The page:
This form of ID can be any form of identification with your photograph on it issued by a state or government. Anything from a drivers license to a passport is acceptable to be used to prove age and to prove who you are to pick up tickets with your confirmation code. The venue box office wants to make sure they are handing out tickets to the rightful buyer. No ID, no tickets will be given to you even if you were the correct buyer. The box office has rules and you must abide by them. Please remember we are referring to valid ID’s. Expired ID’s are of no use and will not be used as a form of identification.

Refunds / Exchanges / Cancellation Policy:

Ticketing is not like buying a shirt. Live entertainment cannot be reproduced or put on hold to wait for someone. Most venues when they discount a ticket removes the right for exchanges or refunds. When buying discount tickets, make sure you have the right date and time. Read the Cancellation / Refund policies posted on any reputable company web site before buying tickets.

Seat Assignment:

Seat assignments were very popular years ago or for expensive events. However, in Las Vegas and other cities that deal with large number of ticket buyers, they sell tickets by the section. This means you buy a VIP ticket, you will be seating in the VIP section but no seat is assigned. The reason no seat assignments works so well for the venue is when the venue opens the doors for people to be seated, first come first server is applied and the people there first sit closest to the front of the section they bought. Those arriving late sit in the back part of the section they bought. In Las Vegas venues were getting hundreds of people arriving at the box office 5 minutes before a show started and there is no way all those people could be seated in an orderly fashion. So, they seat the people arriving an hour early in the front and continue filling the auditorium to the back as it gets closer to the event starting time. This eliminates hundreds of people all arriving 5 minutes before event start time and rewards the early birds who get a better seat. Yes, if you pay retail it is still possible to get an assigned seat in some venues, but not in all.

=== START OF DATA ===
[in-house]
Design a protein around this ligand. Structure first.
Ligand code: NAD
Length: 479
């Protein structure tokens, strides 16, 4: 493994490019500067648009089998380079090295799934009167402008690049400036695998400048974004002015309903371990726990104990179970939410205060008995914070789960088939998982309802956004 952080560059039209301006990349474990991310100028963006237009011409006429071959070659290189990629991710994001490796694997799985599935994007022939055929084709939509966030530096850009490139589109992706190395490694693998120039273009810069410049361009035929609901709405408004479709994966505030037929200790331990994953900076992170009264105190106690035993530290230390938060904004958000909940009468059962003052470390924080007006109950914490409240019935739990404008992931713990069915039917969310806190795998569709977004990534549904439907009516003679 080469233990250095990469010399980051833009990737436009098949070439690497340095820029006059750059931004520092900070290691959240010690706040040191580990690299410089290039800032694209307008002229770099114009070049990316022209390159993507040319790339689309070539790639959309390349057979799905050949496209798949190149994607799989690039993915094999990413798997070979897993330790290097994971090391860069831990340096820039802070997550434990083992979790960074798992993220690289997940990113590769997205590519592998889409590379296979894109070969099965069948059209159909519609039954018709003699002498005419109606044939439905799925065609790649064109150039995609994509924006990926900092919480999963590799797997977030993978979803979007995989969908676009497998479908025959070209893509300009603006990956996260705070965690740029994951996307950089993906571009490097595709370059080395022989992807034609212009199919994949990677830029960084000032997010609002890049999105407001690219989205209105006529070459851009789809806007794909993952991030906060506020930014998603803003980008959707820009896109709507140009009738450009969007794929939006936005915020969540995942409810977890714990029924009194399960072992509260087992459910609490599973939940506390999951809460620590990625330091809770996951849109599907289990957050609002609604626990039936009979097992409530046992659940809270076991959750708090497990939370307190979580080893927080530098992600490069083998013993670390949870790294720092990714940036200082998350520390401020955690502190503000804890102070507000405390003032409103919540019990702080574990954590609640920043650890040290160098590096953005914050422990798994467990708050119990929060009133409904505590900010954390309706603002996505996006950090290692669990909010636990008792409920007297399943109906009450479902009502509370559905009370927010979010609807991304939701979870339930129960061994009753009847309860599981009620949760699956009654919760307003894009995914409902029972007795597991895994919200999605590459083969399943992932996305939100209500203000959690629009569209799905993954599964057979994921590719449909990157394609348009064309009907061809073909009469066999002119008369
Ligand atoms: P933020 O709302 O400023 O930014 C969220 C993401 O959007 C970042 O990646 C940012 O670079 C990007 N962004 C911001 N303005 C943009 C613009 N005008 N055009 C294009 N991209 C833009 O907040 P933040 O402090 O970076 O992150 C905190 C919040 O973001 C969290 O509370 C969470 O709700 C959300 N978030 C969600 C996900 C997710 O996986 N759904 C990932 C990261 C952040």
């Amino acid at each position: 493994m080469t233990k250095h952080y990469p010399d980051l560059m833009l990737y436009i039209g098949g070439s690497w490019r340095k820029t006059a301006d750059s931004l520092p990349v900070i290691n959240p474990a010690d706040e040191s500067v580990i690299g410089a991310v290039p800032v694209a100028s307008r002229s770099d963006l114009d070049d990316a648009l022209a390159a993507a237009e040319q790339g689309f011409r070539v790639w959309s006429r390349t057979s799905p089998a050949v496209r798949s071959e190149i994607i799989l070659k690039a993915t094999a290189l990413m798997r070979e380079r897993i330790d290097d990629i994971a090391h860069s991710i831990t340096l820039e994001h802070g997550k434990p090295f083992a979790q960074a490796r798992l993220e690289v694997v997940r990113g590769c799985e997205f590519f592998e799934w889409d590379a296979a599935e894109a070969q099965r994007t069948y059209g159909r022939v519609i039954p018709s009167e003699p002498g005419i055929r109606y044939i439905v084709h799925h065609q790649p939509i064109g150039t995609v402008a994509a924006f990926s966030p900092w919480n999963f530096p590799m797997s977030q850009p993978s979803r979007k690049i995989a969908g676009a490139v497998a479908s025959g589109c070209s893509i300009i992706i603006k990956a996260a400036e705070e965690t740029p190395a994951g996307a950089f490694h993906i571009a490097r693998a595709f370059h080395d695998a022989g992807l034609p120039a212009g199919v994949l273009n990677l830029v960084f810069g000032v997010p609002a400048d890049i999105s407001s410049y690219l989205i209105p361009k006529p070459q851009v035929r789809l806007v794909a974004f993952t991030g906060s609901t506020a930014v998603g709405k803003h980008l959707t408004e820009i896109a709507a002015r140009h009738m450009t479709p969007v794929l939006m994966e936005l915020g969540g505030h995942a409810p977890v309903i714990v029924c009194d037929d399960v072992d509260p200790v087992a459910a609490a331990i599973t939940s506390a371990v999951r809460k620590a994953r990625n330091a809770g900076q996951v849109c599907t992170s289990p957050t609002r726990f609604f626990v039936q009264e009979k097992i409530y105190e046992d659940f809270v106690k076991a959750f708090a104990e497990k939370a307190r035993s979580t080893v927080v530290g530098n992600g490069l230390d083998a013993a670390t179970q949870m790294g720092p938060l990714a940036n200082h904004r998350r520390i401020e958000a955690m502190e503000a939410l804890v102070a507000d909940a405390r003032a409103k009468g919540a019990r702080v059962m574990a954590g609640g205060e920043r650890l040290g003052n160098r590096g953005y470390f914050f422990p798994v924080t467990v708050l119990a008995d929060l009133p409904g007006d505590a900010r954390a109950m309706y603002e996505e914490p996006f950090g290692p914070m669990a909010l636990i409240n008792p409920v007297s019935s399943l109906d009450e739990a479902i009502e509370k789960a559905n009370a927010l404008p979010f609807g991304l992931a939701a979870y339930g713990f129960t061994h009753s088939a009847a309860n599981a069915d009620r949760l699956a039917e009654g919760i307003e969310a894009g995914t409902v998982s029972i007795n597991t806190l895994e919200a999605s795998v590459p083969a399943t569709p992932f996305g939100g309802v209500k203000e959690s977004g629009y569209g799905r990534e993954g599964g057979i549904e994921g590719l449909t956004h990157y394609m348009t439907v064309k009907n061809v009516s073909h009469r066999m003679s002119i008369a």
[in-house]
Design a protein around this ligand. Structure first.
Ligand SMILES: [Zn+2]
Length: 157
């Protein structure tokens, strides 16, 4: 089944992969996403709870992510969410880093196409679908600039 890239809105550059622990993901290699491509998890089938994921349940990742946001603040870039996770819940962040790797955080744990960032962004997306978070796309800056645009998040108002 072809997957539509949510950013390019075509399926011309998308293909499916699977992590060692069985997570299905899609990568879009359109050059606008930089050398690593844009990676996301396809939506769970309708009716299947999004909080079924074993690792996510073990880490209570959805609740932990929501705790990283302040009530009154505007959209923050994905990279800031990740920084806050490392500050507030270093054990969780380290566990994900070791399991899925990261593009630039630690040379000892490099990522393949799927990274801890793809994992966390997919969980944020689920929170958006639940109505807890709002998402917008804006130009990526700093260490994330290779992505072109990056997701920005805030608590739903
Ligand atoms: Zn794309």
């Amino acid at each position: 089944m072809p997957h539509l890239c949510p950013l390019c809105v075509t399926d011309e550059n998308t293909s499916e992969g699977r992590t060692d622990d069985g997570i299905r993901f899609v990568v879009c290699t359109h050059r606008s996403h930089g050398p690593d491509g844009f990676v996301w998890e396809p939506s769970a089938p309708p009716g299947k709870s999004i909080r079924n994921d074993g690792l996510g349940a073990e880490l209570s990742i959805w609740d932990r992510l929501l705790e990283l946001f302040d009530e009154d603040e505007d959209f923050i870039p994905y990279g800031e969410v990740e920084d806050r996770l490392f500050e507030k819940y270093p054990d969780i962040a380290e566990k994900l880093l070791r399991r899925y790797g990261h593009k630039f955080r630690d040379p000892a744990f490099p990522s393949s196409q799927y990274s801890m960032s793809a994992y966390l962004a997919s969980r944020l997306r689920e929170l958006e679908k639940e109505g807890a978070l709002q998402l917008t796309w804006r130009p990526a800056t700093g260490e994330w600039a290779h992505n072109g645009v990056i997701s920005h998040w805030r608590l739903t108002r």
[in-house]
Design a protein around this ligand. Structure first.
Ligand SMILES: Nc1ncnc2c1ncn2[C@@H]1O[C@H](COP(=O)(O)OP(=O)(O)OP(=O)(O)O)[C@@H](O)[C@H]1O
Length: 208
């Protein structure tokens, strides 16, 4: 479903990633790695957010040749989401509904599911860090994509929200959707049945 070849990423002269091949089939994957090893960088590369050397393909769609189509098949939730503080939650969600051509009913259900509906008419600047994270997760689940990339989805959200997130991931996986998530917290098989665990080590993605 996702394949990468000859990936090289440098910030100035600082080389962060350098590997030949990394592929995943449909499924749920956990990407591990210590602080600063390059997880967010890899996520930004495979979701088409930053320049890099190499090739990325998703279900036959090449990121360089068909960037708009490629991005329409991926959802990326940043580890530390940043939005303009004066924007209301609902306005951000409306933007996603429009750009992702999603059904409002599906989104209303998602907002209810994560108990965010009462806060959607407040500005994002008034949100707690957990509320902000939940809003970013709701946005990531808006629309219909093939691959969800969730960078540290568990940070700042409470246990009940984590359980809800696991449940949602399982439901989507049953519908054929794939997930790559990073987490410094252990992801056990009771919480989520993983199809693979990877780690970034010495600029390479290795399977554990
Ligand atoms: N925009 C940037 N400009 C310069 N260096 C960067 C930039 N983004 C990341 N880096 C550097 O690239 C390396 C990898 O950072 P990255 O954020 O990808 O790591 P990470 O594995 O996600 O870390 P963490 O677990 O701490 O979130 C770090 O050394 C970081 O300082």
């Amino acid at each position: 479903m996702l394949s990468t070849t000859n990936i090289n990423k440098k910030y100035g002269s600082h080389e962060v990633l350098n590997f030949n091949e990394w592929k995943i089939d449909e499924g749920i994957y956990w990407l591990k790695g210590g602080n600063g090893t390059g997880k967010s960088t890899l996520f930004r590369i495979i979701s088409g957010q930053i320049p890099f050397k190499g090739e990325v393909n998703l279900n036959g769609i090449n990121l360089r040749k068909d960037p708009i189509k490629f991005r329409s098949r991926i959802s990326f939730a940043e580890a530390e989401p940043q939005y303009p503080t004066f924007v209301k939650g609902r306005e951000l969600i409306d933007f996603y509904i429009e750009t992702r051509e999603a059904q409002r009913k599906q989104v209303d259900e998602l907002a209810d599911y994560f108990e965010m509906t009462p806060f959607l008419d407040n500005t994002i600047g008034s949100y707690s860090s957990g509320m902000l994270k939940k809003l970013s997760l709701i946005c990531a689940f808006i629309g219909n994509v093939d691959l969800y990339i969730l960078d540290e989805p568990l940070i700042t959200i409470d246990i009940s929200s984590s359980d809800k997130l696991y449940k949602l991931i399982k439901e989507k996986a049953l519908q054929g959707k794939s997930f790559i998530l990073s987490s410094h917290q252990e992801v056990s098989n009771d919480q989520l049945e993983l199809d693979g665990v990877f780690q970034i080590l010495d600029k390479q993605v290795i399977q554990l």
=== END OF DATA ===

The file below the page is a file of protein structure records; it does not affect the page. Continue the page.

Seating Chart:

When a venue has more than one class of tickets offered, such as VIP, General Admission, Preferred Admission, etc., often the venue supplies to the ticket buyer a view of the venue and where each section is located within that venue. When a venue has open seating, or all one type of ticket, they may not offer a seating chart.

Starting Time Show / Event:

This is the time of day that a particular event or show will begin. Please remember, it is your responsibility to be on time. Performances do not wait on ticket buyers. IF you come late to an event you have a ticket for you risk being not allowed to enter and remember there is no refunds. Starting times are not negotiable. Just because you did not plan accurately to attend an event on time is no concern of the event.

Ticket:

Originally a paper version allowing the bearer to enter an event. Today, often tickets are electronic emails which contain a confirmation. The base price for entry into an event is known as the base ticket price. Often a ticket will have a tax and/or a box office fee added.

Ticket Fraud:

It takes no skill to make a paper copy of a confirmation code and try to obtain access to an event. Be prepared to spend some time with the police. Almost all box offices have a very dim view of anyone trying to cheat them without paying correct entree fees to an event. Most box office standard policy is to call the police and let them sort out how a duplicate confirmation code has been presented to the box office. Depending on the cost of the tickets, this can become a serious offense and many people are in jail today over what they thought was a great way to get free entry.

Ticket Regular Price:

This is the REAL value assigned by the venue to sell their tickets. Often this price is highly abused and inflated by questionable ticket resellers. It is smart to know what the retail ticket would cost at the box office before you fall pray to a person wanting to inflate the real cost to make you think you are getting a bargain.

Ticket Taxes:

Contrary to other businesses customary practice, at this time, a ticket has no sales tax. When buying tickets in Nevada, there is a LET tax, which stands for Live Entertainment Tax, which is 10% of the base ticket price charged to the customer.

Ticket Type / Classification:

Often a venue offers more than one type of ticket. In larger venues they may break their venue seating into sections, such as VIP, Preferred, General Admission, etc.. As a standard rule, the closer you sit to the stage the more the seats cost. Some events offer general seating which means they have only one type of ticket.

Venue:

This is the name of the location where the event will take place. A venue can be an auditorium, a theater, an outdoor festival, a tour bus, or a myriad of other places.